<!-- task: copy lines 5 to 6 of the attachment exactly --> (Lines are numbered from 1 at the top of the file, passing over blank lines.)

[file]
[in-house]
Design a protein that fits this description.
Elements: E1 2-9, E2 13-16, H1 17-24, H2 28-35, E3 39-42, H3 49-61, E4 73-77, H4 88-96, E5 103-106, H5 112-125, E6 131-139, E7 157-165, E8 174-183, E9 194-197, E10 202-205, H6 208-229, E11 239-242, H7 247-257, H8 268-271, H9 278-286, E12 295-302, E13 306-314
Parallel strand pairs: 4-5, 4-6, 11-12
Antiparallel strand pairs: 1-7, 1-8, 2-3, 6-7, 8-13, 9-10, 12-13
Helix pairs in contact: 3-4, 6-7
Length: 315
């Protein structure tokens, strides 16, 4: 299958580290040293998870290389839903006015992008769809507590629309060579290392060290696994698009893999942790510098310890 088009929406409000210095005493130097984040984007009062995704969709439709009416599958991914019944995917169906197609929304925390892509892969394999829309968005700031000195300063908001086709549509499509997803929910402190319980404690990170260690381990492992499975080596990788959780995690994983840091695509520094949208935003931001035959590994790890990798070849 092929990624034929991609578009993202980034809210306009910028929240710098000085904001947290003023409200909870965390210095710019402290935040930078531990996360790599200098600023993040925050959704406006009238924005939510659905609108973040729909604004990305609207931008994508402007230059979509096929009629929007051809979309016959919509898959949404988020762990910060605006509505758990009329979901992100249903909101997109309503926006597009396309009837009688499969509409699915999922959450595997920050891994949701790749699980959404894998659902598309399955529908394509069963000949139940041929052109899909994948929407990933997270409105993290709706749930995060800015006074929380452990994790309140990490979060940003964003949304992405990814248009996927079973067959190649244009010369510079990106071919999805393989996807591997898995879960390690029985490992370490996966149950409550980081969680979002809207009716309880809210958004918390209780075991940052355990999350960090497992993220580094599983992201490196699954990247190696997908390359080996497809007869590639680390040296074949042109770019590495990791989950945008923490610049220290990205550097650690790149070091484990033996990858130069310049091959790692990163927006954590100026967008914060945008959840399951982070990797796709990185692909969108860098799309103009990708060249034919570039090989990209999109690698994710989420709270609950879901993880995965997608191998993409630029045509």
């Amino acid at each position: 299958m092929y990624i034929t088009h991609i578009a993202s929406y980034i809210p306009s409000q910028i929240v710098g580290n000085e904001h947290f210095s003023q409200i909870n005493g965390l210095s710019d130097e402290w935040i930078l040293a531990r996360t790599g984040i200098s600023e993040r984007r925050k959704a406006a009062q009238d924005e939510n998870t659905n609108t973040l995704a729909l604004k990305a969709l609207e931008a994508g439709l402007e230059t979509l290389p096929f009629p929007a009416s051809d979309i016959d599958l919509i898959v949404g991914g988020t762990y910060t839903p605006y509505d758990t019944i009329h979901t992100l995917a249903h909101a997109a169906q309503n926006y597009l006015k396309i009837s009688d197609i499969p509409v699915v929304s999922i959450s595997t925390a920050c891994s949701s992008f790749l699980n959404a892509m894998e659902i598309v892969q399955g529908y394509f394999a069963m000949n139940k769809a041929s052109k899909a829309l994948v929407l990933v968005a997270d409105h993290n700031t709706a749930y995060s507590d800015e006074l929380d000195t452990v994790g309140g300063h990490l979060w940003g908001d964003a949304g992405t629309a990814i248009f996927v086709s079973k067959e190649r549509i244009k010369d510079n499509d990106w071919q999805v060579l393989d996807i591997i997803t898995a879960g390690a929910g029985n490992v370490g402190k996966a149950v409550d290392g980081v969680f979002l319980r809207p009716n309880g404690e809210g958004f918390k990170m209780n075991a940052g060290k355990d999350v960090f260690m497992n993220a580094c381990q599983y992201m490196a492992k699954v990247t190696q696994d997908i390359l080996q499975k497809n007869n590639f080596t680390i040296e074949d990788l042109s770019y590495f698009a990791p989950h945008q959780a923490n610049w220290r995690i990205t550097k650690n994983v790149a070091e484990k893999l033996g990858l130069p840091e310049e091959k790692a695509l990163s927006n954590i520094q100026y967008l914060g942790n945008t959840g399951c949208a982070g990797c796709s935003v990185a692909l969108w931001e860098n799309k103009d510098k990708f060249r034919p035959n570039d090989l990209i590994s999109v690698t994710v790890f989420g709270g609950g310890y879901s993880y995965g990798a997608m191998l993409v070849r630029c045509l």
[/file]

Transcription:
Antiparallel strand pairs: 1-7, 1-8, 2-3, 6-7, 8-13, 9-10, 12-13
Helix pairs in contact: 3-4, 6-7